Bullying at Work

Bullying at work is never acceptable. You have a right to a safe and healthy workplace, and bullying is an occupational health and safety hazard. If you are being bullied, or see someone else being bullied, you need to act immediately.

What is bullying?

Workplace bullying can be verbal, physical, social or psychological. It can come from your employer or manager, a workmate or any individual or group of people at work. It can happen in any type of workplace and to all levels of workers. Some types of workplace bullying are also criminal offenses.

Types of bullying

In general, bullying:

  • is repeated and enduring
  • inappropriate and possibly aggressive
  • causes you psychological and/or physical distress.

Bullying in the workplace can take many forms, including:

  • making fun of your work or you as a person
  • making hurtful comments about you, your family, sex, gender, sexuality, race or culture, education or economic background, looks, physique or attitudes
  • sexual harassment, especially touching, sexually explicit comments or repeated requests that make you feel uncomfortable
  • being excluded from certain work activities
  • ganging up on you or making you feel intimidated
  • giving you pointless tasks that have nothing to do with your job
  • frequent unjustified criticisms or complaints
  • deliberately denying you important information or access to meetings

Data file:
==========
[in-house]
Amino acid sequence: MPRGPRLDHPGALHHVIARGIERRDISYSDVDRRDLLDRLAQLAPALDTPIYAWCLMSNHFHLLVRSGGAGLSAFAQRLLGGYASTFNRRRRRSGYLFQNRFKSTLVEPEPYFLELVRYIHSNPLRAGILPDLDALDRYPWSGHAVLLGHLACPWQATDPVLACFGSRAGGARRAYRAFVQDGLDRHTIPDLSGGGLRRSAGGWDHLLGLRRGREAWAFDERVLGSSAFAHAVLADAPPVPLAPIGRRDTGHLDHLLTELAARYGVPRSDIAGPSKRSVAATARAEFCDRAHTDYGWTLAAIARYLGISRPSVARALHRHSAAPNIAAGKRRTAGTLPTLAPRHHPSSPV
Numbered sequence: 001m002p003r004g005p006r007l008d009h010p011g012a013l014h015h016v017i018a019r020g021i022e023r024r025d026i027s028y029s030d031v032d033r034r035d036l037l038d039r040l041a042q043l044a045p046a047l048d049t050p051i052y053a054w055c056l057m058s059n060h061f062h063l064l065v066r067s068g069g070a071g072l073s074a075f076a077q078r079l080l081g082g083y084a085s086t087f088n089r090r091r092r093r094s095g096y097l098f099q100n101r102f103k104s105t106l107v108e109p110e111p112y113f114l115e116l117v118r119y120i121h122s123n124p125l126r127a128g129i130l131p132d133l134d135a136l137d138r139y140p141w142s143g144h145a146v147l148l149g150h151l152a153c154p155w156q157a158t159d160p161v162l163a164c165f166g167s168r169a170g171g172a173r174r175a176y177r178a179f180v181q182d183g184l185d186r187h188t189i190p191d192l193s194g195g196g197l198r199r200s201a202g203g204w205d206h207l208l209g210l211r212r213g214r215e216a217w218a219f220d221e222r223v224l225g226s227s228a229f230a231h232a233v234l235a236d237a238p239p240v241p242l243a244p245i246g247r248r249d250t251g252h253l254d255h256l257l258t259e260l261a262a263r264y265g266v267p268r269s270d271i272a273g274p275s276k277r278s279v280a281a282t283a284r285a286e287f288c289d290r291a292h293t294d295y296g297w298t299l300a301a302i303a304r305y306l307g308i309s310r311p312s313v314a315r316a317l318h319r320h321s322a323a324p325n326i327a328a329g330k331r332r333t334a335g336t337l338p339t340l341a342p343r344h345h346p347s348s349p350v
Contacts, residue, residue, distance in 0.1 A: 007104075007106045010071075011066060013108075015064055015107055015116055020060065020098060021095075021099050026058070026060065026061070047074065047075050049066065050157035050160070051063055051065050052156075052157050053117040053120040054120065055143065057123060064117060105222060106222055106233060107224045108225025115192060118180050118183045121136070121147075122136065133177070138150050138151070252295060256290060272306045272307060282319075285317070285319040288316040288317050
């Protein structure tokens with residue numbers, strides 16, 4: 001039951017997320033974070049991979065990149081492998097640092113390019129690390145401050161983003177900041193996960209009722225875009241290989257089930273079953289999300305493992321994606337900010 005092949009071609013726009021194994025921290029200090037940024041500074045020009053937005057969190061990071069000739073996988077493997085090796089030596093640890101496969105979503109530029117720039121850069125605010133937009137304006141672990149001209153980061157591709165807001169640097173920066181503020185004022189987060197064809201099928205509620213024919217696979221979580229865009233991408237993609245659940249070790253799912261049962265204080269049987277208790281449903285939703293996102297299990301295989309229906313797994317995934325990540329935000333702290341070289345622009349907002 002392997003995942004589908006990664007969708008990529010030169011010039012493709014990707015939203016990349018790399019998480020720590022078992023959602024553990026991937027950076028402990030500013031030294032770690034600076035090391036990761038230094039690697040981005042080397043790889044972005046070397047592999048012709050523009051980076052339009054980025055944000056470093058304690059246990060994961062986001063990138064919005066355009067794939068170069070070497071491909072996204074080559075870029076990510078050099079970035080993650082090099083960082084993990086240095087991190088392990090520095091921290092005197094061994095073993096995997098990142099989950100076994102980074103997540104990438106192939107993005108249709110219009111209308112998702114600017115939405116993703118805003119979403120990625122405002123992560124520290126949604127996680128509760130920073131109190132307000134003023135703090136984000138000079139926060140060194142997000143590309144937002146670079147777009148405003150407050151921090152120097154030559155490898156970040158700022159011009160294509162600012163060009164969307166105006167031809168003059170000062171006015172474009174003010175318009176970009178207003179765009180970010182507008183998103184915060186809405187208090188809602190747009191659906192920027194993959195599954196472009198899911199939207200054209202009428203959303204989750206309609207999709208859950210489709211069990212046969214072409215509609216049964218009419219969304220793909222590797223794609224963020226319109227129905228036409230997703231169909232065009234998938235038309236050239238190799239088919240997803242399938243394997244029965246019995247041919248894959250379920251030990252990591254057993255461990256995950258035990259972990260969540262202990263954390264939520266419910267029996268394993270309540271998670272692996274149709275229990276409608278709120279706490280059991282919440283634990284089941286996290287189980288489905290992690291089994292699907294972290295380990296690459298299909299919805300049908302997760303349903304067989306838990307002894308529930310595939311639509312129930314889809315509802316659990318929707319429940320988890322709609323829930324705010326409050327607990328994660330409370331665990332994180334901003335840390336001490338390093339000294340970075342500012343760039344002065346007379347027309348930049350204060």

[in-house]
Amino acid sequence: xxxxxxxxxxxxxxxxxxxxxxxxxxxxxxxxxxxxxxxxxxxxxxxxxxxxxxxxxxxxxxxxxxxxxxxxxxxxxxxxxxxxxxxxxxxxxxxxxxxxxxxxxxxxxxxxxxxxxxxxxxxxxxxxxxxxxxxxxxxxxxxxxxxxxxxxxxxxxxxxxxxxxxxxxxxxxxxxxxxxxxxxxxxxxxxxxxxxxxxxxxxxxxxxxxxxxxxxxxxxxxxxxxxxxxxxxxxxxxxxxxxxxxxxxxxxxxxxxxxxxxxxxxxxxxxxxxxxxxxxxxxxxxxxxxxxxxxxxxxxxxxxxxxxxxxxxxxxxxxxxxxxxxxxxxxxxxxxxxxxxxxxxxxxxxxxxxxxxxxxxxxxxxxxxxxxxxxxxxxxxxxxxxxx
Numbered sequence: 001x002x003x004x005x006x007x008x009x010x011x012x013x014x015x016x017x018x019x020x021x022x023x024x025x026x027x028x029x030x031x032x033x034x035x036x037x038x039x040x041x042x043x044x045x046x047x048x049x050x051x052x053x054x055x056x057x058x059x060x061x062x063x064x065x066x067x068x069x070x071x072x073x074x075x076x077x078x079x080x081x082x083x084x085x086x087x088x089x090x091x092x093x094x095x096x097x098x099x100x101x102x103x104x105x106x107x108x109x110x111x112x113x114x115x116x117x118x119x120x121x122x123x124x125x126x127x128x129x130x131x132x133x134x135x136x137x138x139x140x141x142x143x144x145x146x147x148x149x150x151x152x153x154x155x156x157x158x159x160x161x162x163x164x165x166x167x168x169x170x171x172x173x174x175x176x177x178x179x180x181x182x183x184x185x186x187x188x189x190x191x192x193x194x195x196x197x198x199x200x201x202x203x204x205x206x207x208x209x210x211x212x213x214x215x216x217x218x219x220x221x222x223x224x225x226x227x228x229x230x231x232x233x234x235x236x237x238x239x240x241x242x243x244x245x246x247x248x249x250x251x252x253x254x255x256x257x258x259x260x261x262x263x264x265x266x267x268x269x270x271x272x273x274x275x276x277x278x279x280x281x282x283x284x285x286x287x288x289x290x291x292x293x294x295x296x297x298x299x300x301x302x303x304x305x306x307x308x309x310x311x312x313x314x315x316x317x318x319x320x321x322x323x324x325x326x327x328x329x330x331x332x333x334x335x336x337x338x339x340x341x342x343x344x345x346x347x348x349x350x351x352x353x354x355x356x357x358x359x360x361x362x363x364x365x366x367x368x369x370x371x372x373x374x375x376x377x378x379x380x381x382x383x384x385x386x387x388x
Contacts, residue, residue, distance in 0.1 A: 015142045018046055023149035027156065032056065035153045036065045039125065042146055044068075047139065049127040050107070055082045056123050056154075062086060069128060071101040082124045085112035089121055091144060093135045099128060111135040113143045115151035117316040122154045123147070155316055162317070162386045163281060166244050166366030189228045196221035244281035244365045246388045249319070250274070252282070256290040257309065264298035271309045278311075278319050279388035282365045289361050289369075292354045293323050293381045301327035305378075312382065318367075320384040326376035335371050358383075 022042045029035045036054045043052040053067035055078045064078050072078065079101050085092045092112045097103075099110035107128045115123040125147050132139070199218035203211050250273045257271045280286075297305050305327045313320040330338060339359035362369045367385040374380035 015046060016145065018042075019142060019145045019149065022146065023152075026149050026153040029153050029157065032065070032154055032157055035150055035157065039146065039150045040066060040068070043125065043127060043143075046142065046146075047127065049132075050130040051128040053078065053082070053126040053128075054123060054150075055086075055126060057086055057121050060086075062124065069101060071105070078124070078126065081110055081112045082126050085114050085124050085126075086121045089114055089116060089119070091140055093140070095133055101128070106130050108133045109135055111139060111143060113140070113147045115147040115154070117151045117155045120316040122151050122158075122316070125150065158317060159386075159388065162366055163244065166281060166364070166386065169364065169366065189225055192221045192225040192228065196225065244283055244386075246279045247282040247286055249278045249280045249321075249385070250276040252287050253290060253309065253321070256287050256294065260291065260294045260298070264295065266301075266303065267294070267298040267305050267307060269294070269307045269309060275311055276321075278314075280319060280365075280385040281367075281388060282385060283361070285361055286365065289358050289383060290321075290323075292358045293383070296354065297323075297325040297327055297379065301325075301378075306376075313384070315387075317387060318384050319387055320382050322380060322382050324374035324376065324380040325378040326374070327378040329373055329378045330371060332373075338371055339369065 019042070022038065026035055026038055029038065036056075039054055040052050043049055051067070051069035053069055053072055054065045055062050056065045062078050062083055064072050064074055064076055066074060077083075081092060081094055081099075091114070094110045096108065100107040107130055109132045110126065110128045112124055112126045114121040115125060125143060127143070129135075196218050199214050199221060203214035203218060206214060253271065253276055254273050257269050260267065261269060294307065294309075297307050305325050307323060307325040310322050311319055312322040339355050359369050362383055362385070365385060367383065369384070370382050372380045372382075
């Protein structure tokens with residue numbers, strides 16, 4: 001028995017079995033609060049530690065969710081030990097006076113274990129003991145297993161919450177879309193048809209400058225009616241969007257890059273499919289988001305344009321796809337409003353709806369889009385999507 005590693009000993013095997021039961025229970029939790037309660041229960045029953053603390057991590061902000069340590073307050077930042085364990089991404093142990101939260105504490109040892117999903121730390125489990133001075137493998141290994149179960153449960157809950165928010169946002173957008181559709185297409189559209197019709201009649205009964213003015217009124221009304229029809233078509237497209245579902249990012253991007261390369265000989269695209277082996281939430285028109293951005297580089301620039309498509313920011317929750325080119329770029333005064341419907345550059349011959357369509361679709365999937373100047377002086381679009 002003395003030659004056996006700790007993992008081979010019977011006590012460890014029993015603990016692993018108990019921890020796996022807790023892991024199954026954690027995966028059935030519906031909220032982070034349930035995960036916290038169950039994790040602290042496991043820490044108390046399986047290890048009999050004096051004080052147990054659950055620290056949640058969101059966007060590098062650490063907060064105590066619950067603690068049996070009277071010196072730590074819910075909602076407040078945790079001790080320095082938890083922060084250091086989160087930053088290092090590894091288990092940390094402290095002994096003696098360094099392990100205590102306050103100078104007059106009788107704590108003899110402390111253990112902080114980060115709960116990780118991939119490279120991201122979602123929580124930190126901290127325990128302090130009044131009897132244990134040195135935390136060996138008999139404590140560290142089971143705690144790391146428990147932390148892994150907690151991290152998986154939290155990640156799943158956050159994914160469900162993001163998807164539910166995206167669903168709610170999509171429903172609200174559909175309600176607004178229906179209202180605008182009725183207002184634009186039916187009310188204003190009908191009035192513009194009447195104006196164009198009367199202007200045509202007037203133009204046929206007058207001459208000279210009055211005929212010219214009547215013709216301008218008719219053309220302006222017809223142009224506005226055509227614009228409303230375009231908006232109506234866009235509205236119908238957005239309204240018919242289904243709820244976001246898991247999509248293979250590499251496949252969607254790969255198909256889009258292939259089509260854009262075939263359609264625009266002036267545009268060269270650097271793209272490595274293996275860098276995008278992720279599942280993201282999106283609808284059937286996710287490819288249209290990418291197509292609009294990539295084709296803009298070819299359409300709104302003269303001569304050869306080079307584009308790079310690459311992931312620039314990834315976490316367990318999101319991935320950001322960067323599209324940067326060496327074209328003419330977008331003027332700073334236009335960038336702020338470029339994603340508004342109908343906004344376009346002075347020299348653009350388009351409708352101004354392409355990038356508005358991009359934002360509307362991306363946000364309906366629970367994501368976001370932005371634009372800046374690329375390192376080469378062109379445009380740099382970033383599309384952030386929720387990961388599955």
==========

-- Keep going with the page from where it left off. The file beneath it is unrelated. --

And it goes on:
• setting tasks that are unreasonably above or below your ability
  • giving you impossible jobs or timelines
  • being excessively scrutinised at work
  • deliberately changing your work hours or roster to make it difficult from you
  • physical abuse, like shoving, tripping or grabbing
  • threatening you with equipment or any type of object that could be a weapon
  • being made to do humiliating or inappropriate things to be accepted as part of a team.

What is not bullying?

Management actions carried out in a reasonable and fair way are not bullying. It is reasonable for management to:

  • set performance targets, standards and deadlines
  • allocate work to a particular worker
  • set rosters and allocate working hours
  • transfer someone from one job to another
  • choose who they want to promote
  • tell a worker they are not performing at a satisfactory level
  • tell a worker if they are behaving inappropriately
  • make changes in the workplace
  • give constructive feedback.

Carried out in a fair and reasonable way, these kinds of actions are not bullying.

Bullying can also be discrimination

Protection from bullying is a basic human right. If you are being bullied because of your age, sex, pregnancy, race, disability, sexual orientation, religion or certain other reasons, you may also be being discriminated against.

For more information on anti-discrimination laws, go to the Australian Human Rights Commission.

Bullying can also be child-abuse

If you are under 16 years old, workplace bullying may also be child abuse. Child abuse is against the law.

What to do if you are being bullied

You have a right to a safe workplace free from violence, harassment and bullying. If you are being bullied, there are things you can do and people who can help. Here’s some initial steps:

  1. Write down what’s happening